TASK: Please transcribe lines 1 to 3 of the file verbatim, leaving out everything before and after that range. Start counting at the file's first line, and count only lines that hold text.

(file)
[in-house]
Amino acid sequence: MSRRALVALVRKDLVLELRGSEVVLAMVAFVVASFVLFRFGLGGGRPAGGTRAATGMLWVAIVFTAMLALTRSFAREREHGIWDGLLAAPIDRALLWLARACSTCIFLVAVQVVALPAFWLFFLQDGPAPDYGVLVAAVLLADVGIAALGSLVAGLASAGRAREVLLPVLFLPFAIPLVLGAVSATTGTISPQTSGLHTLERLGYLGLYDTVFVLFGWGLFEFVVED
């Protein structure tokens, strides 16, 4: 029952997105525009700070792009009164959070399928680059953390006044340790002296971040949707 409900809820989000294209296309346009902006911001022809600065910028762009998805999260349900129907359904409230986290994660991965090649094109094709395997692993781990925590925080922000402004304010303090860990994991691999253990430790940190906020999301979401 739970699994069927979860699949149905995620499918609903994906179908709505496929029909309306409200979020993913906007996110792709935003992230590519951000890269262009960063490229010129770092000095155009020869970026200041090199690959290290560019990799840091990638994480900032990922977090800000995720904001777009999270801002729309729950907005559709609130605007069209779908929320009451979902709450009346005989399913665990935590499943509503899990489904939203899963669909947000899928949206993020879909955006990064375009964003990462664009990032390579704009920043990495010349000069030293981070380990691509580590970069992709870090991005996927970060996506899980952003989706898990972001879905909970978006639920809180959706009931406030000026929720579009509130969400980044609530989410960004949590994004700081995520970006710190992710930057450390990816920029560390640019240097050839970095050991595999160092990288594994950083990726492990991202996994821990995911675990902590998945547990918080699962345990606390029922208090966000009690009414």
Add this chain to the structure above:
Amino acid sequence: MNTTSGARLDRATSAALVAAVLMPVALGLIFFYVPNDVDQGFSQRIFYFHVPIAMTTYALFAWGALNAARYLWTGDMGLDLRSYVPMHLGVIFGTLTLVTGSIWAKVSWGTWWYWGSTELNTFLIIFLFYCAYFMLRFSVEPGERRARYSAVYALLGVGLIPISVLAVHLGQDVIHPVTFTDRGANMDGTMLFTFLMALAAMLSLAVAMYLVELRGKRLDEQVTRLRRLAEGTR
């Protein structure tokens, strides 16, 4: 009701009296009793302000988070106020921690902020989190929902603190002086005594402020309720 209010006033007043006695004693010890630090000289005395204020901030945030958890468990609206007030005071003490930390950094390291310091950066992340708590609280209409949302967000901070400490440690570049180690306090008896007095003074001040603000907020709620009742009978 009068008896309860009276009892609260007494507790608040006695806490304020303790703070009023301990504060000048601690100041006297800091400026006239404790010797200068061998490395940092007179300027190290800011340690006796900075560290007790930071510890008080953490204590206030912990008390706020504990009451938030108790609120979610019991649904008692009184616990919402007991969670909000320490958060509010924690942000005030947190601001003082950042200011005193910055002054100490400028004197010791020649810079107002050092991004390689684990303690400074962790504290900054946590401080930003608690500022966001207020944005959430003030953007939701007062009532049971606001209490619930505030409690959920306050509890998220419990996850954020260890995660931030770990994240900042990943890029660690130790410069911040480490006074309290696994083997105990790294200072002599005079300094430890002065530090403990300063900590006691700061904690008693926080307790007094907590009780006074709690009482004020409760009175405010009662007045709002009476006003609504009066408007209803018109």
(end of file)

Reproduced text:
[in-house]
Amino acid sequence: MSRRALVALVRKDLVLELRGSEVVLAMVAFVVASFVLFRFGLGGGRPAGGTRAATGMLWVAIVFTAMLALTRSFAREREHGIWDGLLAAPIDRALLWLARACSTCIFLVAVQVVALPAFWLFFLQDGPAPDYGVLVAAVLLADVGIAALGSLVAGLASAGRAREVLLPVLFLPFAIPLVLGAVSATTGTISPQTSGLHTLERLGYLGLYDTVFVLFGWGLFEFVVED
């Protein structure tokens, strides 16, 4: 029952997105525009700070792009009164959070399928680059953390006044340790002296971040949707 409900809820989000294209296309346009902006911001022809600065910028762009998805999260349900129907359904409230986290994660991965090649094109094709395997692993781990925590925080922000402004304010303090860990994991691999253990430790940190906020999301979401 739970699994069927979860699949149905995620499918609903994906179908709505496929029909309306409200979020993913906007996110792709935003992230590519951000890269262009960063490229010129770092000095155009020869970026200041090199690959290290560019990799840091990638994480900032990922977090800000995720904001777009999270801002729309729950907005559709609130605007069209779908929320009451979902709450009346005989399913665990935590499943509503899990489904939203899963669909947000899928949206993020879909955006990064375009964003990462664009990032390579704009920043990495010349000069030293981070380990691509580590970069992709870090991005996927970060996506899980952003989706898990972001879905909970978006639920809180959706009931406030000026929720579009509130969400980044609530989410960004949590994004700081995520970006710190992710930057450390990816920029560390640019240097050839970095050991595999160092990288594994950083990726492990991202996994821990995911675990902590998945547990918080699962345990606390029922208090966000009690009414």